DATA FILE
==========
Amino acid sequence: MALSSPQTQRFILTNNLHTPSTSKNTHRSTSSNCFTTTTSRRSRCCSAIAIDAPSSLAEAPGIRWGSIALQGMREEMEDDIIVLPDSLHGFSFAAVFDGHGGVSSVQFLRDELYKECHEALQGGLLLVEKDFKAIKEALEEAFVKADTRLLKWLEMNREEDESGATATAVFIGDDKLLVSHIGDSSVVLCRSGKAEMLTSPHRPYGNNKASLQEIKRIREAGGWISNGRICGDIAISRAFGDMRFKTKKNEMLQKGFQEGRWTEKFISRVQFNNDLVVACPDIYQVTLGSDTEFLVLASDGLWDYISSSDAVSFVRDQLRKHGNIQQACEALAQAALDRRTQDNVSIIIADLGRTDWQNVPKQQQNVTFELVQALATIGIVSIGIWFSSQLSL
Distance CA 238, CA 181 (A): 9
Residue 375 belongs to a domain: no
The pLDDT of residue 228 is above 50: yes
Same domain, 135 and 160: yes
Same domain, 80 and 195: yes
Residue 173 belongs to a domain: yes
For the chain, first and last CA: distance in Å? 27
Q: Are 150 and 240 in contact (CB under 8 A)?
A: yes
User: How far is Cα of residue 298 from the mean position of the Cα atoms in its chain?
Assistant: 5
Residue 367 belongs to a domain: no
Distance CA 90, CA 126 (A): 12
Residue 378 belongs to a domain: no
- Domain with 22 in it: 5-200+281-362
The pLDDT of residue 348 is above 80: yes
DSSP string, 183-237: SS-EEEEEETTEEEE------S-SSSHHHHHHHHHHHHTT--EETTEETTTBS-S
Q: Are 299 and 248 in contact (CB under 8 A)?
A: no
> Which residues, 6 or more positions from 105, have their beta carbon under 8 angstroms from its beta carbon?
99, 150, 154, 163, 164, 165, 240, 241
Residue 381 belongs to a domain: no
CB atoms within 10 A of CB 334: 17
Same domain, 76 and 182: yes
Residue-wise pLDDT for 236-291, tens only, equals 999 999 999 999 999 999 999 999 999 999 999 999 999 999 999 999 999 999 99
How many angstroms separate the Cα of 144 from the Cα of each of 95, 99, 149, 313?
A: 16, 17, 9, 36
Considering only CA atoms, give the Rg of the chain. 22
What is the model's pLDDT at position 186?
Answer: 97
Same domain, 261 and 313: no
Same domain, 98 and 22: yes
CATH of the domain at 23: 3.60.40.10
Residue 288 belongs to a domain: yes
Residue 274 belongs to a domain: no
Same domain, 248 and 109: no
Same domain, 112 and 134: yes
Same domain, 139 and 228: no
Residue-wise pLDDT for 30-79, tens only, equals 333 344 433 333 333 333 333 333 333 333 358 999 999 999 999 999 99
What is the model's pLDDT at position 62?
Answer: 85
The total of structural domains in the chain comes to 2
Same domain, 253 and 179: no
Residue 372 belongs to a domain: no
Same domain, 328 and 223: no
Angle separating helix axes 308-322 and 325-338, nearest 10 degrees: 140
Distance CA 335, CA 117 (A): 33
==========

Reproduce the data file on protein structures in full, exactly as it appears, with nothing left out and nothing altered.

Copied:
Amino acid sequence: MALSSPQTQRFILTNNLHTPSTSKNTHRSTSSNCFTTTTSRRSRCCSAIAIDAPSSLAEAPGIRWGSIALQGMREEMEDDIIVLPDSLHGFSFAAVFDGHGGVSSVQFLRDELYKECHEALQGGLLLVEKDFKAIKEALEEAFVKADTRLLKWLEMNREEDESGATATAVFIGDDKLLVSHIGDSSVVLCRSGKAEMLTSPHRPYGNNKASLQEIKRIREAGGWISNGRICGDIAISRAFGDMRFKTKKNEMLQKGFQEGRWTEKFISRVQFNNDLVVACPDIYQVTLGSDTEFLVLASDGLWDYISSSDAVSFVRDQLRKHGNIQQACEALAQAALDRRTQDNVSIIIADLGRTDWQNVPKQQQNVTFELVQALATIGIVSIGIWFSSQLSL
Distance CA 238, CA 181 (A): 9
Residue 375 belongs to a domain: no
The pLDDT of residue 228 is above 50: yes
Same domain, 135 and 160: yes
Same domain, 80 and 195: yes
Residue 173 belongs to a domain: yes
For the chain, first and last CA: distance in Å? 27
Q: Are 150 and 240 in contact (CB under 8 A)?
A: yes
User: How far is Cα of residue 298 from the mean position of the Cα atoms in its chain?
Assistant: 5
Residue 367 belongs to a domain: no
Distance CA 90, CA 126 (A): 12
Residue 378 belongs to a domain: no
- Domain with 22 in it: 5-200+281-362
The pLDDT of residue 348 is above 80: yes
DSSP string, 183-237: SS-EEEEEETTEEEE------S-SSSHHHHHHHHHHHHTT--EETTEETTTBS-S
Q: Are 299 and 248 in contact (CB under 8 A)?
A: no
> Which residues, 6 or more positions from 105, have their beta carbon under 8 angstroms from its beta carbon?
99, 150, 154, 163, 164, 165, 240, 241
Residue 381 belongs to a domain: no
CB atoms within 10 A of CB 334: 17
Same domain, 76 and 182: yes
Residue-wise pLDDT for 236-291, tens only, equals 999 999 999 999 999 999 999 999 999 999 999 999 999 999 999 999 999 999 99
How many angstroms separate the Cα of 144 from the Cα of each of 95, 99, 149, 313?
A: 16, 17, 9, 36
Considering only CA atoms, give the Rg of the chain. 22
What is the model's pLDDT at position 186?
Answer: 97
Same domain, 261 and 313: no
Same domain, 98 and 22: yes
CATH of the domain at 23: 3.60.40.10
Residue 288 belongs to a domain: yes
Residue 274 belongs to a domain: no
Same domain, 248 and 109: no
Same domain, 112 and 134: yes
Same domain, 139 and 228: no
Residue-wise pLDDT for 30-79, tens only, equals 333 344 433 333 333 333 333 333 333 333 358 999 999 999 999 999 99
What is the model's pLDDT at position 62?
Answer: 85
The total of structural domains in the chain comes to 2
Same domain, 253 and 179: no
Residue 372 belongs to a domain: no
Same domain, 328 and 223: no
Angle separating helix axes 308-322 and 325-338, nearest 10 degrees: 140
Distance CA 335, CA 117 (A): 33